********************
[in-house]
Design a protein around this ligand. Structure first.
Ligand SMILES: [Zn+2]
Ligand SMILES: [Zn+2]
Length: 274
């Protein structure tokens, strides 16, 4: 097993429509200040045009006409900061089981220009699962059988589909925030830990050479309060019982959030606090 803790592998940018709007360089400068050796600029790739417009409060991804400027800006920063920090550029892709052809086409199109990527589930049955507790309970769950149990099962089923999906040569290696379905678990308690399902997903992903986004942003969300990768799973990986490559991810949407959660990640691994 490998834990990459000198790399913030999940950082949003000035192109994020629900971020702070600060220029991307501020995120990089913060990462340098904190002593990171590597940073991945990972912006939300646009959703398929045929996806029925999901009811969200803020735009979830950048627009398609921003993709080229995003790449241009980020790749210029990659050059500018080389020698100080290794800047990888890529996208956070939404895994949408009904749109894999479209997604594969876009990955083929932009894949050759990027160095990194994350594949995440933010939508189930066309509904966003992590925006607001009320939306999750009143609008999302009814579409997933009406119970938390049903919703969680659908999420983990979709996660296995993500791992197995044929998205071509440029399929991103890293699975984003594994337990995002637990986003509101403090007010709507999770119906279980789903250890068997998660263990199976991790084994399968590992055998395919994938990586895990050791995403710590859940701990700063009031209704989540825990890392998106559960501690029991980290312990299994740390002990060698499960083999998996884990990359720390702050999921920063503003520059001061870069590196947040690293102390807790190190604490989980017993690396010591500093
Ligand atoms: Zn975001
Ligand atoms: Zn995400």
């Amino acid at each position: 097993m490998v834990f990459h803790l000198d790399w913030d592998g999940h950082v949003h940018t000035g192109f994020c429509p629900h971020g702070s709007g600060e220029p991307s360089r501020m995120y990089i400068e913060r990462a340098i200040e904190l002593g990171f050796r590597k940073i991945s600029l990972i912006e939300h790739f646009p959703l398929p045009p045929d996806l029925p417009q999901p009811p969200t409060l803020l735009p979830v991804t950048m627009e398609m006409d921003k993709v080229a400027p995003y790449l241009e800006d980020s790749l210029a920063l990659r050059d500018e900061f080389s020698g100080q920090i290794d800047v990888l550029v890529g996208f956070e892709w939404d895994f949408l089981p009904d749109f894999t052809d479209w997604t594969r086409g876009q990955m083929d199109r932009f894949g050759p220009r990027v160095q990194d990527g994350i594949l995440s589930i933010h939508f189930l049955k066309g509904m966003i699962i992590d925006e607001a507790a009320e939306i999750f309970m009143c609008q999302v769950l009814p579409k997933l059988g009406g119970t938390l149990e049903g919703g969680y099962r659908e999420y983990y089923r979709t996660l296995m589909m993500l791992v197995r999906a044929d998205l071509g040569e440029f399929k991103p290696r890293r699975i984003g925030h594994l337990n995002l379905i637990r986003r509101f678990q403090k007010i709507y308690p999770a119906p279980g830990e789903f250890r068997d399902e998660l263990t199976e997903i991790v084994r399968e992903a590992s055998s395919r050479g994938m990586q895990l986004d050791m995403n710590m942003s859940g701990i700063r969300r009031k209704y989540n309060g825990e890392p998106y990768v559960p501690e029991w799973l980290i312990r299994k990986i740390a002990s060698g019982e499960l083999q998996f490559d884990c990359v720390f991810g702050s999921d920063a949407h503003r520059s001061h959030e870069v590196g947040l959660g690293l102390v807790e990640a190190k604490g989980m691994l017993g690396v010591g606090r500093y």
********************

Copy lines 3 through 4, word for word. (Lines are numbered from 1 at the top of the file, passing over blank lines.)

Ligand SMILES: [Zn+2]
Ligand SMILES: [Zn+2]